I will say this for Mohamed el-Bisatie’s Drumbeat, which I give a not-entirely-enthusiastic review in World Literature Today: Thank goodness el-Bisatie has the sense not to think the world’s problems can be solved by playing football.

Drumbeat is not el-Bisatie’s finest work, although it has an interesting premise: an “Emirate” is emptied of Emiratis when their team qualifies for the Cup. (What do the laborers do in their absence? You’ll have to read the book to find out….) El-Bisatie fortunately does not imagine that this brings any resolution to the world’s problems.

However, a proliferation of authors seem to think that soccer/football may be the answer to world conflicts. Shelina Zahra Janmohamed writes a somewhat tongue-in-cheek piece in The National to that effect, and Israeli author Itay Meirson seems to have penned an entire book imagining that Palestinians and Israelis settle their differences on the football pitch. (Thanks to Bibi for the tip.) Whoever loses the “90-minute war” has to leave: The Israelis to Eastern Oregon and the Palestinians to Saudi Arabia.

I haven’t read The 90 Minute War—apparently it’s being considered for English translation—but it seems like, um, a somewhat facile approach to human lives and tremendous suffering. (The author apparently was inspired by an argument over a football pitch between Palestinians and Israelis, which was settled by a quick game. He writes glibly: “Happily, we won.”)

Why do the Palestinians go to Saudi Arabia? Not that I think eastern Oregon is so very great, but why don’t the Israelis head off to northernmost Russia?

Authors are not responsible for this, of course, but Lebanon’s largely out-of-shape politicians also recently played football together as a way of “promoting unity.” I only hope this mania of Football Explains Everything will end with the Cup.

“The Soccer Project,” a documentary that takes viewers to conflicts around the world, seems like it might have possibilities. But here’s some more proof that football doesn’t solve everything.

Bibi also reminded me of the football war, which in turn reminded me of this year’s football skirmishes between Egypt and Algeria, which reminded me that football is probably more likely to spawn conflicts than to solve them.

One more football-can-create-world-peace work of art: Franklin Lewis writes that an 1991 Israeli film called Cup Final, by Eran Riklis, goes like this: “An Israeli soldier who has tickets for the World Cup is going on vacation to see the soccer matches when he is taken captive by a small group of PLO fighters, who try to take him to Beirut for a prisoner exchange. The desire to find places to watch the World Cup matches along the way creates the opportunity for hostage and captors to bond over the love of football.”

But, fortunately, writers aren’t always blinded by their rose-colored, football-shaped glasses: From the Saudi Gazette, writers on the boycott, sanctions and divestment (BDS) movement.

3 thoughts on “Why Do Authors Think the World’s Problems Can Be Solved with Football?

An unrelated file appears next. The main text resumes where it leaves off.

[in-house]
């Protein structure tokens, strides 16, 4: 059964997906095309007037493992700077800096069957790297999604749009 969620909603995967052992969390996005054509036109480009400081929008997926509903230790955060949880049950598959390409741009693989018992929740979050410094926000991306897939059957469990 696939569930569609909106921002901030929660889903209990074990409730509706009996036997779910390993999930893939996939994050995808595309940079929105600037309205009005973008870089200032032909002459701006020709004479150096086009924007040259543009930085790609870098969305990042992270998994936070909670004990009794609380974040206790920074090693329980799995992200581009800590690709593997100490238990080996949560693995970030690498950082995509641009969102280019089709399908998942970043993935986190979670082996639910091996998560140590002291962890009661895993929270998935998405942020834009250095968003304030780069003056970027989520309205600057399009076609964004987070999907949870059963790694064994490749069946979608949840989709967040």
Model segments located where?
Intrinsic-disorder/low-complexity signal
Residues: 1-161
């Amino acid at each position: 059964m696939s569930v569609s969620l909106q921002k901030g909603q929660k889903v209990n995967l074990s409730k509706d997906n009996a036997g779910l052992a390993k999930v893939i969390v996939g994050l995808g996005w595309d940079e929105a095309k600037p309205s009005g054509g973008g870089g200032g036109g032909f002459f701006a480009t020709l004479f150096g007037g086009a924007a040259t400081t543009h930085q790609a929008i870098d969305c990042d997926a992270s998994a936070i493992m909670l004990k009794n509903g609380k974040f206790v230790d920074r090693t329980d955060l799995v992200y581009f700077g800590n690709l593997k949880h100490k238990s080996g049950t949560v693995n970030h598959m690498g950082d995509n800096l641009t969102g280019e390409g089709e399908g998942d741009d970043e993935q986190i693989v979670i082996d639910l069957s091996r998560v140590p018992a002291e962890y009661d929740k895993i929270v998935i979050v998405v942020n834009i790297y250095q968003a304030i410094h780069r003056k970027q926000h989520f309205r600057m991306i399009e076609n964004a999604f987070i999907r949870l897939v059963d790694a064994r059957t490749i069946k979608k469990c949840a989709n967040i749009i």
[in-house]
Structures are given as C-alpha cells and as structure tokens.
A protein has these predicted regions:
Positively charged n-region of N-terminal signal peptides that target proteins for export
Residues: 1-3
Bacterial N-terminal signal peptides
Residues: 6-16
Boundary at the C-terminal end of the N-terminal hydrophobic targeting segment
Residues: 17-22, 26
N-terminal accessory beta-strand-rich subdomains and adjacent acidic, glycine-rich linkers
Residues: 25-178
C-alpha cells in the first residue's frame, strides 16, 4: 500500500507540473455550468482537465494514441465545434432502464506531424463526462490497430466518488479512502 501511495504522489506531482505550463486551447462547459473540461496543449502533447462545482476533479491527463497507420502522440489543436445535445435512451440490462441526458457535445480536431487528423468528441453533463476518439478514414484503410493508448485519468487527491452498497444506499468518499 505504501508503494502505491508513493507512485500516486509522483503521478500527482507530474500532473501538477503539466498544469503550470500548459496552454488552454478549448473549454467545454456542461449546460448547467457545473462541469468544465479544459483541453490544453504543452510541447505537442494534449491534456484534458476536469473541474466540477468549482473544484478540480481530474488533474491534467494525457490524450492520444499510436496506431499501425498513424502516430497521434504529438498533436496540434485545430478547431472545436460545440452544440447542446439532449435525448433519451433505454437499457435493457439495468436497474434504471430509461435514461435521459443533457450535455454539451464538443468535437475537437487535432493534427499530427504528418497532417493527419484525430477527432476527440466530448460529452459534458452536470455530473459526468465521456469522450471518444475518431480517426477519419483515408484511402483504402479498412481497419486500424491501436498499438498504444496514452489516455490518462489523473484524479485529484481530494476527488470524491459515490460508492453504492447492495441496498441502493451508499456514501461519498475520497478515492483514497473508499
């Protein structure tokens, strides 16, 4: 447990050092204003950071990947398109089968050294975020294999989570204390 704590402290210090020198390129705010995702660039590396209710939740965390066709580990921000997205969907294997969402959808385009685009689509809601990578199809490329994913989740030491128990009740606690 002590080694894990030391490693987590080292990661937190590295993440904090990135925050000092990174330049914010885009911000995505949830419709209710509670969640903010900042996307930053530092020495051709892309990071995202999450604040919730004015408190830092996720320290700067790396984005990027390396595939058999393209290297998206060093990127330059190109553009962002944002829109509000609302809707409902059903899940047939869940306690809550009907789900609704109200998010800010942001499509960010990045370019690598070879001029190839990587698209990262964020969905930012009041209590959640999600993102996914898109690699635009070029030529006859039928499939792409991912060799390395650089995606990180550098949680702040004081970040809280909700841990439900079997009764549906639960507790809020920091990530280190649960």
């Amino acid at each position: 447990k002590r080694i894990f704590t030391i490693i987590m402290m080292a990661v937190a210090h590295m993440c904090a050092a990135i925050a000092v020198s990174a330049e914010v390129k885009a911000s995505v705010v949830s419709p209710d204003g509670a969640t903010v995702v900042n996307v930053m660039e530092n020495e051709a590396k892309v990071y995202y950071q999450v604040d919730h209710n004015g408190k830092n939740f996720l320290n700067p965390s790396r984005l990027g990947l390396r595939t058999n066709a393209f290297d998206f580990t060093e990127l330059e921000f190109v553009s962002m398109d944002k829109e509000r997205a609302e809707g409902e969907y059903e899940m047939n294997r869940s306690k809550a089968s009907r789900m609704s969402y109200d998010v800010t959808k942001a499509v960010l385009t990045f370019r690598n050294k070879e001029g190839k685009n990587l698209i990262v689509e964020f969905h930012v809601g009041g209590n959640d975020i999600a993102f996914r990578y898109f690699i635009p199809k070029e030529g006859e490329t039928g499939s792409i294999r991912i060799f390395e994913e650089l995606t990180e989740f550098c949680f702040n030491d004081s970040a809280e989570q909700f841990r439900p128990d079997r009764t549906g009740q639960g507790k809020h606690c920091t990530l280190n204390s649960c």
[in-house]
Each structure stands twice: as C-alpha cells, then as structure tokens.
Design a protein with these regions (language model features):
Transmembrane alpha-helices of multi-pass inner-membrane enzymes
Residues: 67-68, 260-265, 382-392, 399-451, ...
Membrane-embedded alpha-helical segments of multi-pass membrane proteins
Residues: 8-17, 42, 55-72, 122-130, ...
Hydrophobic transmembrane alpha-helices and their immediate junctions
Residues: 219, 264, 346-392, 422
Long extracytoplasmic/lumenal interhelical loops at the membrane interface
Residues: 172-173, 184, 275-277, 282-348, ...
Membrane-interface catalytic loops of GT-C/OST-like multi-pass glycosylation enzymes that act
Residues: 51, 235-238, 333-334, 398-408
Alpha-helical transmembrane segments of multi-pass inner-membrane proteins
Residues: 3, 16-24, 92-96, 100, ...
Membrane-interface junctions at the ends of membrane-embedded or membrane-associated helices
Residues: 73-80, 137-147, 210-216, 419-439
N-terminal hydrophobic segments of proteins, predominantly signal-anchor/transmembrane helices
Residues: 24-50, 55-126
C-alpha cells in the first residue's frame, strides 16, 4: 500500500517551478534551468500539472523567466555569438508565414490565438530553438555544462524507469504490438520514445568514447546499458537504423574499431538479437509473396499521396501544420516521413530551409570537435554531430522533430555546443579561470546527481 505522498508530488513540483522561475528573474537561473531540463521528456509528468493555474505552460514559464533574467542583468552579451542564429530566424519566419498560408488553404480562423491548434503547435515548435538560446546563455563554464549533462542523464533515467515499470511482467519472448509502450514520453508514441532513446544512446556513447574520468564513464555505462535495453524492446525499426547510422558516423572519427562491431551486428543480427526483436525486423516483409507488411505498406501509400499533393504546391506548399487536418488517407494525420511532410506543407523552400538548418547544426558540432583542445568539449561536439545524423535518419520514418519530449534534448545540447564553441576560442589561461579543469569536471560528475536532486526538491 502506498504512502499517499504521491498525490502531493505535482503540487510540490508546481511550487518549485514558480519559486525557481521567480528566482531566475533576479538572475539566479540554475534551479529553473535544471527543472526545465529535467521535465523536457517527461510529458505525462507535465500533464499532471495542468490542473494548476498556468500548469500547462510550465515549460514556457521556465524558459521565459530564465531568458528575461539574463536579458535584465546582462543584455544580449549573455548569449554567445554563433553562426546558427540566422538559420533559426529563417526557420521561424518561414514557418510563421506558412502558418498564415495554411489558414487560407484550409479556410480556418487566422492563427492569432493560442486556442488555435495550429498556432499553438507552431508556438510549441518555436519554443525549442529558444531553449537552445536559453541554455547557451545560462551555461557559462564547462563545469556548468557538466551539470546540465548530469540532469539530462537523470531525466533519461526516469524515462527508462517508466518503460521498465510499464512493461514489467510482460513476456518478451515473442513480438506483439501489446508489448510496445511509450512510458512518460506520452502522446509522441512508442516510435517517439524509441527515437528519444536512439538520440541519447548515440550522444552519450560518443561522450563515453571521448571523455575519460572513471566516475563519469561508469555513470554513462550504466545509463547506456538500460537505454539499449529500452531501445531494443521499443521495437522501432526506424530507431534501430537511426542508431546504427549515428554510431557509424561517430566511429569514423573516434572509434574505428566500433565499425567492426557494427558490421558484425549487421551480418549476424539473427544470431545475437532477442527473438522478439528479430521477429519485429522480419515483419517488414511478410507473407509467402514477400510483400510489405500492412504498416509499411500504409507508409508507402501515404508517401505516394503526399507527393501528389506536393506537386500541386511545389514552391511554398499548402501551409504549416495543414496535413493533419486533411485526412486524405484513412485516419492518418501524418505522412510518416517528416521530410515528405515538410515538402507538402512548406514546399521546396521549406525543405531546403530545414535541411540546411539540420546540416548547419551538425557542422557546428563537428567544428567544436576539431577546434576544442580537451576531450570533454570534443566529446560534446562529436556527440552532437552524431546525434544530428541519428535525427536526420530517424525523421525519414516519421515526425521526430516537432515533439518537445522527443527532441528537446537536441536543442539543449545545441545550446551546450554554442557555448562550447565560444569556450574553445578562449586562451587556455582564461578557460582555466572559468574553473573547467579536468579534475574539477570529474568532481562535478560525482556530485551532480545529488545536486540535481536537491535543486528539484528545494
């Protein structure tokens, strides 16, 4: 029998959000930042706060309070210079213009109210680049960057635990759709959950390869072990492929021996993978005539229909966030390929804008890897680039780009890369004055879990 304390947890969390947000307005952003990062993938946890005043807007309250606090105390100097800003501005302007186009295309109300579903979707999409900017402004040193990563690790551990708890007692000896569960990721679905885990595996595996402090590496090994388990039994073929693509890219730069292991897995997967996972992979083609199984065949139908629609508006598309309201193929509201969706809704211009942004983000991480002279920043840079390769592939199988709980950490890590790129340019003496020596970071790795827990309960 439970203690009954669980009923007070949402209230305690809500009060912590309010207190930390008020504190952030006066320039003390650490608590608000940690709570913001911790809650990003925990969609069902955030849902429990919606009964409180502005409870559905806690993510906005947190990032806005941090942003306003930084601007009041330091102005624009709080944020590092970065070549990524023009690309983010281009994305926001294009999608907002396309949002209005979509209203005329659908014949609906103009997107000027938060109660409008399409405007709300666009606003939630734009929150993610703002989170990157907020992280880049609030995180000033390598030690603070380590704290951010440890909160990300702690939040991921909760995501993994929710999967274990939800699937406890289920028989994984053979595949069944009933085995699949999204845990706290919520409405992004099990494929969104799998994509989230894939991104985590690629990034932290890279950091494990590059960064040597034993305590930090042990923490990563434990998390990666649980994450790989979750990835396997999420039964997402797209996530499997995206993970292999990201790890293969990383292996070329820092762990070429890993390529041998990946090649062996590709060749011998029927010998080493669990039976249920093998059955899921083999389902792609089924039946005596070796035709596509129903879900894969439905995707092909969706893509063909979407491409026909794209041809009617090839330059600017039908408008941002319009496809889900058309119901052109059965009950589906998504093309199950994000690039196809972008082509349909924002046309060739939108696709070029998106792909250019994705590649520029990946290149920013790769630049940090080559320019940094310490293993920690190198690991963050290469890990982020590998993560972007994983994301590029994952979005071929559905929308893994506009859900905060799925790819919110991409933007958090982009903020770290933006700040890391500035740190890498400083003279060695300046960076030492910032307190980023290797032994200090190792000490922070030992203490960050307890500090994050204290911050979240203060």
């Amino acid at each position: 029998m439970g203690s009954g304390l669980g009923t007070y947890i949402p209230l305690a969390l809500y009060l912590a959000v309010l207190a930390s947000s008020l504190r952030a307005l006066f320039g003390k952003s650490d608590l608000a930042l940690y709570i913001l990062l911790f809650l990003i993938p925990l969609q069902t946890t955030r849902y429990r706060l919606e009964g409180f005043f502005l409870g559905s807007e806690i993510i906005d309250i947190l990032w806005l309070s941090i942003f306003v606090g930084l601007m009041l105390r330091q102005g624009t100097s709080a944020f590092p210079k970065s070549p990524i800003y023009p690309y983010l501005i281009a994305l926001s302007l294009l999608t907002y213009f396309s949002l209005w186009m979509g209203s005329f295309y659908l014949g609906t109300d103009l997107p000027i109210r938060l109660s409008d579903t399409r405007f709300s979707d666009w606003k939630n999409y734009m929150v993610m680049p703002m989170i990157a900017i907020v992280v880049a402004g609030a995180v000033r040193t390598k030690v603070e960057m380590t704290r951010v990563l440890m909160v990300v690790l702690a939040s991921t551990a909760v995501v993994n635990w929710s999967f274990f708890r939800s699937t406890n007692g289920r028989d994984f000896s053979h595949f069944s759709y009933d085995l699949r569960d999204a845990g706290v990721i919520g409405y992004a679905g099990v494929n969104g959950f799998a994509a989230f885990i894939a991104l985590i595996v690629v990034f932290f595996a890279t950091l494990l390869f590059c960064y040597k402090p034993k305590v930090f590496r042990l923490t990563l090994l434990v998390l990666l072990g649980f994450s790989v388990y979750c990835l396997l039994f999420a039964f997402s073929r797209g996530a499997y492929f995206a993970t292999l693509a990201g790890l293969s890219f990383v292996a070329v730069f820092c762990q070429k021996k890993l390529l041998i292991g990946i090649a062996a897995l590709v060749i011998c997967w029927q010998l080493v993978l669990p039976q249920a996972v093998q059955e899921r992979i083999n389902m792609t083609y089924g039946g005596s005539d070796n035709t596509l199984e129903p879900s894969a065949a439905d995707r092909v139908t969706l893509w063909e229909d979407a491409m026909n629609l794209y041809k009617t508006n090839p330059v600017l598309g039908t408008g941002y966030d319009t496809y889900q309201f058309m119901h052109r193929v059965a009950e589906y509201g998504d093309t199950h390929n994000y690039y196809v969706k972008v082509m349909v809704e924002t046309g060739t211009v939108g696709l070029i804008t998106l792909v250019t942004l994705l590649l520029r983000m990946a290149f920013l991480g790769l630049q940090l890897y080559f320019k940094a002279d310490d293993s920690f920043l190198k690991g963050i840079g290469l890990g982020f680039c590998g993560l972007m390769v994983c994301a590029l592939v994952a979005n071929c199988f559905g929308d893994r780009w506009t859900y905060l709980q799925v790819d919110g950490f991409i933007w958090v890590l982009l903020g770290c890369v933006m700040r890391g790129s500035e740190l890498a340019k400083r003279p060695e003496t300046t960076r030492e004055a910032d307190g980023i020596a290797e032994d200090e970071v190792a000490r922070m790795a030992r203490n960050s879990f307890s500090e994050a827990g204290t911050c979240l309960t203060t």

1. since i was mentioned twice, i just want to say something about football in general, and not the book (that i have heard about, but haven’t read).

    i don’t believe football creates problems. it triggers emotions, but generally, no unresolved situations in the country or between countries — no problem; after all, the irish didn’t exactly go around looting french property and throw stones at the french embassy when they were cheated out of the world cup. it was a mistake, it happens, you pick yourself up and start training for the next cycle. you know the drill.

    football doesn’t explain everything — more likely it doesn’t explain anything — but politicians would be wise to listen to the reactions it provokes.

    as a life-long fan i have seen ups and downs surrounding it — downs being the problems with hooligans and nationalist groups that have been plaguing (european) football for more than two decades. but for every problem there are ten examples of fairplay, and for every nationalist thug there are ten spectators who come out of the stadium with new respect for the opponent.

    i think the likes of “the soccer project” (thanks for the link) are therefore worth supporting, just as west-eastern divan orchestra, theatre festivals and translations are worth supporting.

  2. I’ve not read the 90 Minute War, but from the description it doesn’t really sound facile at all. The game never starts, and the author says it’s mostly about discussing why Israeli society got to the crisis point that it’s at. It seems more like soccer is used there as a frame for self-critique, and not as an escapist way to suggest that we’re all just people.

    Also, I don’t know what source you’re looking at, but from the link you provide the author just describes the group they found on the (real-life) field as “unfamiliar,” not Palestinian.

    It’s silly to argue over a book neither of us can read, but it seems from what I’ve read about that book that it doesn’t call into the category of a book that simplifies the situation and suggests that soccer can create peace.

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